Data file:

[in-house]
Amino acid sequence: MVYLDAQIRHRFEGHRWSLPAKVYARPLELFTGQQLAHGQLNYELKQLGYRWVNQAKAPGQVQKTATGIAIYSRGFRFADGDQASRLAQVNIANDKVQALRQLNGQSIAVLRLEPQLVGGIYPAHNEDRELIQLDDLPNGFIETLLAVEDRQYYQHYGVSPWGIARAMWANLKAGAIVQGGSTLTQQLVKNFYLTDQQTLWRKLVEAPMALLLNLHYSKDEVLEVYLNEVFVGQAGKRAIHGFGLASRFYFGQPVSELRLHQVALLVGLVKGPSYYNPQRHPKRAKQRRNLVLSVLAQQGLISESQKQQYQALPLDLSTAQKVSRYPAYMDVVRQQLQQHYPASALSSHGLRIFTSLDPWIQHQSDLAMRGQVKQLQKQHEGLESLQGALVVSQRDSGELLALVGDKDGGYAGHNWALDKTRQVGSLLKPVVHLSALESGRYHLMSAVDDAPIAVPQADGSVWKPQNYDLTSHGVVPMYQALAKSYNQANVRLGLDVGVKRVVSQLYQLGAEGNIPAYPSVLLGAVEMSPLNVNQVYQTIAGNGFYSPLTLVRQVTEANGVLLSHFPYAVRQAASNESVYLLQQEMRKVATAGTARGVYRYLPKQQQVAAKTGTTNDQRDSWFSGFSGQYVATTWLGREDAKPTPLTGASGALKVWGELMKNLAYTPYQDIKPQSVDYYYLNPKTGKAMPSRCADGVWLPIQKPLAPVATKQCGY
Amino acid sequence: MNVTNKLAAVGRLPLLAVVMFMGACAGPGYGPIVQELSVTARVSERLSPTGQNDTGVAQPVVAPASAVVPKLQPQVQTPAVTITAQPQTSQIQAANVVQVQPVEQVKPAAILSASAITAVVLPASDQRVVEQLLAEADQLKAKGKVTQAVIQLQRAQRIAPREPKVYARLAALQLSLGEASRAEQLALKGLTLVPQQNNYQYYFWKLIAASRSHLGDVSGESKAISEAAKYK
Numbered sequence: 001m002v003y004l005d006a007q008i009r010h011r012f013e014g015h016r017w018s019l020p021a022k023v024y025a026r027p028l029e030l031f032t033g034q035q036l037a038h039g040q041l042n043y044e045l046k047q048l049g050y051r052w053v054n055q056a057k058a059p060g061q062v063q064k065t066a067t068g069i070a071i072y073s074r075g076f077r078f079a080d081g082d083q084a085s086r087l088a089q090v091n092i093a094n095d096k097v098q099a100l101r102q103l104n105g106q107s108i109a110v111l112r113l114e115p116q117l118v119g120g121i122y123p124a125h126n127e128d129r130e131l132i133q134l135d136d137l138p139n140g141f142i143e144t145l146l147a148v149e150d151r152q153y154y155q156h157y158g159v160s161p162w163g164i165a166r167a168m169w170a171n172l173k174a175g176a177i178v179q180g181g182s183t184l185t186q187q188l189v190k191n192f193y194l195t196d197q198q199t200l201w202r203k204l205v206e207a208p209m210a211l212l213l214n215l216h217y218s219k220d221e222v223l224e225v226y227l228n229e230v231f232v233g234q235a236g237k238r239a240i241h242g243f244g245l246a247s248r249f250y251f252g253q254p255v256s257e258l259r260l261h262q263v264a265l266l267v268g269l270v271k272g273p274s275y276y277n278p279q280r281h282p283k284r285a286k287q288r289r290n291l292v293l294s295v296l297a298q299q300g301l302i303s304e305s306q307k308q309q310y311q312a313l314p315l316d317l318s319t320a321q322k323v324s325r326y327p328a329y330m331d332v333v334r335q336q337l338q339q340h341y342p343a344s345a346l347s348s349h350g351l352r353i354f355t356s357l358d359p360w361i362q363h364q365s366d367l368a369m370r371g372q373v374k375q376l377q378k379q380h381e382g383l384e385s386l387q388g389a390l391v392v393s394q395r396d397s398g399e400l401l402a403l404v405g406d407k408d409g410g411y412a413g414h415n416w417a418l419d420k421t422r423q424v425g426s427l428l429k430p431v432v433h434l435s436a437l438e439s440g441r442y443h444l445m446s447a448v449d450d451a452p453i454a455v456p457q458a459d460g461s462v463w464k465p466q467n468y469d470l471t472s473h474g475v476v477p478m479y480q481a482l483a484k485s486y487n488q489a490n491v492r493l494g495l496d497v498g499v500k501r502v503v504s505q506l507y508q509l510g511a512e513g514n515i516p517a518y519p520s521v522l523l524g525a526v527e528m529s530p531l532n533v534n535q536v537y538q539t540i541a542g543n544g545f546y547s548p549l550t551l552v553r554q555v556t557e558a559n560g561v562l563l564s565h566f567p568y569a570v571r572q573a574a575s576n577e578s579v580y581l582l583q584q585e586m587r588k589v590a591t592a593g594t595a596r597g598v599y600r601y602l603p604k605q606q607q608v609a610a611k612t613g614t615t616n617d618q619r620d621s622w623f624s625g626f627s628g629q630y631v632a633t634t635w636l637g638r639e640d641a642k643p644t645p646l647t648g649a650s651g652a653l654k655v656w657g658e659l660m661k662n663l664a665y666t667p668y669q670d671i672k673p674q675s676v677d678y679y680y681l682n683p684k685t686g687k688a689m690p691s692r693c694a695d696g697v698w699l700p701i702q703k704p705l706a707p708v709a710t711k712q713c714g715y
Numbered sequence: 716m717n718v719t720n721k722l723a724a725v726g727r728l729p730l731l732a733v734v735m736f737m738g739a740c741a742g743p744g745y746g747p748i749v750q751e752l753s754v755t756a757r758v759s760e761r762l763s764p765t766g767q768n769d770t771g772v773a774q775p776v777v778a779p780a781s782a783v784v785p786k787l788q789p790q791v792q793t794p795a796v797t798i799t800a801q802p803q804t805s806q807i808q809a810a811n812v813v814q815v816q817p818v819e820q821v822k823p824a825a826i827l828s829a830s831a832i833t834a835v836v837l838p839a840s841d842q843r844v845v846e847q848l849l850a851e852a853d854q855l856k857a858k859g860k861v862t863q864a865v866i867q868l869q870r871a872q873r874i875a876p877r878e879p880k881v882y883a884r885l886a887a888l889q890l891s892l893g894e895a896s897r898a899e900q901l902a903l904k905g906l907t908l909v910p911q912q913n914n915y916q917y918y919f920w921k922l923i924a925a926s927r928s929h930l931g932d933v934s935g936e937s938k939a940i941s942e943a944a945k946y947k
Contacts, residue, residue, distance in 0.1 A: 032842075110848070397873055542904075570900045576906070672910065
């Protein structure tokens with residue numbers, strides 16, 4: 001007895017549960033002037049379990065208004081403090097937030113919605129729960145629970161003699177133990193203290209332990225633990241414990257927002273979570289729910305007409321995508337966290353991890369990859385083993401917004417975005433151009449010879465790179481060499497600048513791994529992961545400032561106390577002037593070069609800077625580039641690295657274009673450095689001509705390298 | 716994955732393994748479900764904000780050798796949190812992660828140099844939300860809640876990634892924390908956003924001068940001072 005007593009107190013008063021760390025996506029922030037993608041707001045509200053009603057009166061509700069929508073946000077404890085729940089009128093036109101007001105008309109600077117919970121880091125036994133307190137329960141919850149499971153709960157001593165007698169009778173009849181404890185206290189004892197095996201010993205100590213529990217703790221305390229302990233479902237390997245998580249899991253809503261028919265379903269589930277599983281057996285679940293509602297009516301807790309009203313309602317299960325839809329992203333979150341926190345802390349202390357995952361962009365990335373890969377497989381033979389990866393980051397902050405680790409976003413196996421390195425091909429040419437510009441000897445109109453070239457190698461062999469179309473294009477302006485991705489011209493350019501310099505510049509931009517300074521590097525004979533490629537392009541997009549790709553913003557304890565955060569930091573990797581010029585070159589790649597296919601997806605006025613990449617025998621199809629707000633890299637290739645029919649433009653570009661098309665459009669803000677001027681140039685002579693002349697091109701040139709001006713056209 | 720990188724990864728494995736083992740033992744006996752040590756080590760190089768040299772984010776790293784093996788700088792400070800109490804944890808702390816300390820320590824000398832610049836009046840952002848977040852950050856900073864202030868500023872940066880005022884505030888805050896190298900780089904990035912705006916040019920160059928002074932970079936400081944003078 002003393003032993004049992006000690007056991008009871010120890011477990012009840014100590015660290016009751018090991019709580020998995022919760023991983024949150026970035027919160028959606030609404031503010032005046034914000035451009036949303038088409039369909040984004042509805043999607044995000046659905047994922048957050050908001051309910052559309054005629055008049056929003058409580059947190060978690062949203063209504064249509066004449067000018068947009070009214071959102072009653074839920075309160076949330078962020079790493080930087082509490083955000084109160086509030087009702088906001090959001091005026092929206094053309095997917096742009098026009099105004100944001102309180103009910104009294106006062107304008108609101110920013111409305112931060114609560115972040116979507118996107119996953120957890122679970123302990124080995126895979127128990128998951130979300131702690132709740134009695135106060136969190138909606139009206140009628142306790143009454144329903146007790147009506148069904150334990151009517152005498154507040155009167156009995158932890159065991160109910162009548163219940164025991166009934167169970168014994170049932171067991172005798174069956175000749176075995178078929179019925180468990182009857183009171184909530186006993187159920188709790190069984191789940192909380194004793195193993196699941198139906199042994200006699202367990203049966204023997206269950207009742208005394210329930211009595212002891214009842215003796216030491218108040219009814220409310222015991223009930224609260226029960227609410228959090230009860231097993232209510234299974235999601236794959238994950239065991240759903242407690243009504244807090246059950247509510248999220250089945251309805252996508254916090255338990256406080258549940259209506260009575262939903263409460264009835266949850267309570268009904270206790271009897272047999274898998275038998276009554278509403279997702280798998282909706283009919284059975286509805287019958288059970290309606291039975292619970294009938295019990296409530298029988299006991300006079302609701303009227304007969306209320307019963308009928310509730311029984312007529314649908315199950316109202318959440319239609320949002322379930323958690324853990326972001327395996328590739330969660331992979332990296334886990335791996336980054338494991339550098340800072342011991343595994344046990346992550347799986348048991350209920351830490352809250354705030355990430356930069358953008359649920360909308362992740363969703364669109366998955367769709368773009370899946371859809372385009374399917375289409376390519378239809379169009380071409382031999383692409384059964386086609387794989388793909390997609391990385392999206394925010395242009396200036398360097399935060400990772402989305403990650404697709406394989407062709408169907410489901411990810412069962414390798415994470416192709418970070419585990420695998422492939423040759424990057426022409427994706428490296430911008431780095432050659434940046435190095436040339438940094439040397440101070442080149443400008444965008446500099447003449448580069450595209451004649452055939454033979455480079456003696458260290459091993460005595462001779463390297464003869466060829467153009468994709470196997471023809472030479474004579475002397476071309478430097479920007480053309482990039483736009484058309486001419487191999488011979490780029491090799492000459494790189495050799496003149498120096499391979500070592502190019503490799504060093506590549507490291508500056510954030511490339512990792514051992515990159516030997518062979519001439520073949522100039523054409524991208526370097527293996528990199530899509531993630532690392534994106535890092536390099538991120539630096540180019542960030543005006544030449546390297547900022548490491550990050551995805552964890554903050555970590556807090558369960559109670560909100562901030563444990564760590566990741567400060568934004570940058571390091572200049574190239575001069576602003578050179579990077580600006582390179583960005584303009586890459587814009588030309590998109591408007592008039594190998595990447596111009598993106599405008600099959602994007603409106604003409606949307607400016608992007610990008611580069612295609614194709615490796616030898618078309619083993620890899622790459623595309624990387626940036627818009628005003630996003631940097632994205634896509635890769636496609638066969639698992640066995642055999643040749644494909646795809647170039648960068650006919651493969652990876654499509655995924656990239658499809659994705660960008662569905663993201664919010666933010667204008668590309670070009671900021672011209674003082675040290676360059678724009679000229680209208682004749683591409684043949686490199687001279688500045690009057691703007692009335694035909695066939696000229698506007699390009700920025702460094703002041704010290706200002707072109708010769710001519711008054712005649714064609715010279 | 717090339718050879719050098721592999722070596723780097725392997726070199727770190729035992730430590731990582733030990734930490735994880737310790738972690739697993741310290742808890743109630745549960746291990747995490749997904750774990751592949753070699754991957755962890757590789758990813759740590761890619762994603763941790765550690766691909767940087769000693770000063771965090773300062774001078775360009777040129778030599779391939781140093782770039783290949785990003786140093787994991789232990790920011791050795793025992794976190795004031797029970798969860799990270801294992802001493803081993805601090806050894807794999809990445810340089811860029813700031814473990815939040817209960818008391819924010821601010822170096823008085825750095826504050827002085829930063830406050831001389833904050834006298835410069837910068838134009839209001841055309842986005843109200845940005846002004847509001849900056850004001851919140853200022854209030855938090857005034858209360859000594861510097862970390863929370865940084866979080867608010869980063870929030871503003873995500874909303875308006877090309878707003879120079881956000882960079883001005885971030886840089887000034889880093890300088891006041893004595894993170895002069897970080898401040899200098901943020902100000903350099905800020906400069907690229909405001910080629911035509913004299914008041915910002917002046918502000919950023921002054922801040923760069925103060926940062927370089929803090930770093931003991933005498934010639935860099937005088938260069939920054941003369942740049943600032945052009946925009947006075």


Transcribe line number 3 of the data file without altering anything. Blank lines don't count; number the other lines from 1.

Amino acid sequence: MNVTNKLAAVGRLPLLAVVMFMGACAGPGYGPIVQELSVTARVSERLSPTGQNDTGVAQPVVAPASAVVPKLQPQVQTPAVTITAQPQTSQIQAANVVQVQPVEQVKPAAILSASAITAVVLPASDQRVVEQLLAEADQLKAKGKVTQAVIQLQRAQRIAPREPKVYARLAALQLSLGEASRAEQLALKGLTLVPQQNNYQYYFWKLIAASRSHLGDVSGESKAISEAAKYK